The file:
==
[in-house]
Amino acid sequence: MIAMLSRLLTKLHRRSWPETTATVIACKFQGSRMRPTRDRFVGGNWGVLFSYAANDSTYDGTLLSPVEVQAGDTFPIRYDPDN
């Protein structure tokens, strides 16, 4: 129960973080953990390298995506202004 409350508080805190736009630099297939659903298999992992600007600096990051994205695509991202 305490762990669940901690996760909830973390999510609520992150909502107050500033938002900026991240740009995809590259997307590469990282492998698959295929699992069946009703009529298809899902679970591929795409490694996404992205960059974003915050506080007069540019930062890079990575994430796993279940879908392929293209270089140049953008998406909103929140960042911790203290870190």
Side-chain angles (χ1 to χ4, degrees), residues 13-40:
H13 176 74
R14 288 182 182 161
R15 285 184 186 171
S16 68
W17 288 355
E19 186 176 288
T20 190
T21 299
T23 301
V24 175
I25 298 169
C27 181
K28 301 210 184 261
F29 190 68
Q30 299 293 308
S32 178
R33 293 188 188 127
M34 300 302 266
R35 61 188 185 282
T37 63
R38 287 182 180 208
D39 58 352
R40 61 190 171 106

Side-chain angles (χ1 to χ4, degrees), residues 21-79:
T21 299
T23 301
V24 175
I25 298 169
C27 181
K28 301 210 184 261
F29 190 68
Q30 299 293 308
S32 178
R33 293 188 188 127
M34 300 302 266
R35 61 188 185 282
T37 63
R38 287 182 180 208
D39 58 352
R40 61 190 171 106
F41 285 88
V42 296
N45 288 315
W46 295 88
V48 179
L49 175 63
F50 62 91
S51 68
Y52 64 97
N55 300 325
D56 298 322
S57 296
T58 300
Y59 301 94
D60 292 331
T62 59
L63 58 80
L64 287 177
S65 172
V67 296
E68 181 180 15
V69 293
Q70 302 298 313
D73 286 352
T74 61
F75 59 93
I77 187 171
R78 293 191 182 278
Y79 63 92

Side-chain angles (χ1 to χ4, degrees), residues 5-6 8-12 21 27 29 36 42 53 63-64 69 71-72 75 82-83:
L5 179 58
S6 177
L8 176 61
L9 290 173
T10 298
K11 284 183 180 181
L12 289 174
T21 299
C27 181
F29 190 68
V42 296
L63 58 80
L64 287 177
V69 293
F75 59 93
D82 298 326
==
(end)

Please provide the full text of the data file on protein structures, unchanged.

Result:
[in-house]
Amino acid sequence: MIAMLSRLLTKLHRRSWPETTATVIACKFQGSRMRPTRDRFVGGNWGVLFSYAANDSTYDGTLLSPVEVQAGDTFPIRYDPDN
């Protein structure tokens, strides 16, 4: 129960973080953990390298995506202004 409350508080805190736009630099297939659903298999992992600007600096990051994205695509991202 305490762990669940901690996760909830973390999510609520992150909502107050500033938002900026991240740009995809590259997307590469990282492998698959295929699992069946009703009529298809899902679970591929795409490694996404992205960059974003915050506080007069540019930062890079990575994430796993279940879908392929293209270089140049953008998406909103929140960042911790203290870190």
Side-chain angles (χ1 to χ4, degrees), residues 13-40:
H13 176 74
R14 288 182 182 161
R15 285 184 186 171
S16 68
W17 288 355
E19 186 176 288
T20 190
T21 299
T23 301
V24 175
I25 298 169
C27 181
K28 301 210 184 261
F29 190 68
Q30 299 293 308
S32 178
R33 293 188 188 127
M34 300 302 266
R35 61 188 185 282
T37 63
R38 287 182 180 208
D39 58 352
R40 61 190 171 106

Side-chain angles (χ1 to χ4, degrees), residues 21-79:
T21 299
T23 301
V24 175
I25 298 169
C27 181
K28 301 210 184 261
F29 190 68
Q30 299 293 308
S32 178
R33 293 188 188 127
M34 300 302 266
R35 61 188 185 282
T37 63
R38 287 182 180 208
D39 58 352
R40 61 190 171 106
F41 285 88
V42 296
N45 288 315
W46 295 88
V48 179
L49 175 63
F50 62 91
S51 68
Y52 64 97
N55 300 325
D56 298 322
S57 296
T58 300
Y59 301 94
D60 292 331
T62 59
L63 58 80
L64 287 177
S65 172
V67 296
E68 181 180 15
V69 293
Q70 302 298 313
D73 286 352
T74 61
F75 59 93
I77 187 171
R78 293 191 182 278
Y79 63 92

Side-chain angles (χ1 to χ4, degrees), residues 5-6 8-12 21 27 29 36 42 53 63-64 69 71-72 75 82-83:
L5 179 58
S6 177
L8 176 61
L9 290 173
T10 298
K11 284 183 180 181
L12 289 174
T21 299
C27 181
F29 190 68
V42 296
L63 58 80
L64 287 177
V69 293
F75 59 93
D82 298 326